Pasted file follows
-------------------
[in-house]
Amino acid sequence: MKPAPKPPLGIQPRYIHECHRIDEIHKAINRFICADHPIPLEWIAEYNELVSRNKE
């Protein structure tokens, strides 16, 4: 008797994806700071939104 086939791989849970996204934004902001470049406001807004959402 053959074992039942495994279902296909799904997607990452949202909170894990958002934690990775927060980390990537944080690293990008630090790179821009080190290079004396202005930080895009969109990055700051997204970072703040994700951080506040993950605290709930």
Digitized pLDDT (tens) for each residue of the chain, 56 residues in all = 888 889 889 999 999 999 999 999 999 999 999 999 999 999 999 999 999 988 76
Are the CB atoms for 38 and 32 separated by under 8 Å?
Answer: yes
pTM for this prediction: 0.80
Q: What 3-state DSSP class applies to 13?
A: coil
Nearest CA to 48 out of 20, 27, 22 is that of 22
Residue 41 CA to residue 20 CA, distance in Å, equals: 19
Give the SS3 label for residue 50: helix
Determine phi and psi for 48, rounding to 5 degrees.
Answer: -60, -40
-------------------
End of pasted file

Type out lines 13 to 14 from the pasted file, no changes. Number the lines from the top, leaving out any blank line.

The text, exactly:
Determine phi and psi for 48, rounding to 5 degrees.
Answer: -60, -40